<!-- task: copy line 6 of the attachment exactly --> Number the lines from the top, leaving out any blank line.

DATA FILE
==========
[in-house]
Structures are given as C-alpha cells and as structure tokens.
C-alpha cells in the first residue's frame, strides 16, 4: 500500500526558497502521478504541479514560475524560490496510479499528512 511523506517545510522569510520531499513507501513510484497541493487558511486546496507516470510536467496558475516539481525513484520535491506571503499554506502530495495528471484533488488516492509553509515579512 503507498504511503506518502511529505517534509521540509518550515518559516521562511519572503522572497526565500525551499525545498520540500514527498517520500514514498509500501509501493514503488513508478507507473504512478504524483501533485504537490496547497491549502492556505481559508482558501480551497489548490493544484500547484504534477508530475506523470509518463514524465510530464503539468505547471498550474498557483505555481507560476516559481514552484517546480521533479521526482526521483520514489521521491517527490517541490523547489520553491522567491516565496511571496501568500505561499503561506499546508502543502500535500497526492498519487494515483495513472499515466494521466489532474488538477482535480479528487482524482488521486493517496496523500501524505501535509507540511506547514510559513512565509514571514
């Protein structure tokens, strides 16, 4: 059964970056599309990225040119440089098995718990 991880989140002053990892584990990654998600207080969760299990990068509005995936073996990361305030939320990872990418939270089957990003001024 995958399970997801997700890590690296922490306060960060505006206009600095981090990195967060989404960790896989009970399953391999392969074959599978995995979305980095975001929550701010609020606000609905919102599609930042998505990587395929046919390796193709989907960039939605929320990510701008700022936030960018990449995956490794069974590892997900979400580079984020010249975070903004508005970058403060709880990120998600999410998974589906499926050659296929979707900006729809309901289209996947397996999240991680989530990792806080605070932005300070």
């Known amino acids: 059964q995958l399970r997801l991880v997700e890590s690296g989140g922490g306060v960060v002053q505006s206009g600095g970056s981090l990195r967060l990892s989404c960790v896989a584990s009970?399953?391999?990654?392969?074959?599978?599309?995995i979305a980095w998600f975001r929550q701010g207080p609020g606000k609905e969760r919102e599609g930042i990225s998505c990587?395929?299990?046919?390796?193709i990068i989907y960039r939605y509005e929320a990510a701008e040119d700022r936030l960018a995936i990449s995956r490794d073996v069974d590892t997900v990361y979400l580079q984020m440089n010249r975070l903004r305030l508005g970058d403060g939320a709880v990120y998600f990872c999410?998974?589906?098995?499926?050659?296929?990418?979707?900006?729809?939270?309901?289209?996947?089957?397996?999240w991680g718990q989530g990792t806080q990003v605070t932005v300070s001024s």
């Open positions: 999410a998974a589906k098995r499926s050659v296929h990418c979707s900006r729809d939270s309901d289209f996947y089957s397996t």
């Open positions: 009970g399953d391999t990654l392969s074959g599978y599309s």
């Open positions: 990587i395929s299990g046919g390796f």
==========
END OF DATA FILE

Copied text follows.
């Open positions: 999410a998974a589906k098995r499926s050659v296929h990418c979707s900006r729809d939270s309901d289209f996947y089957s397996t």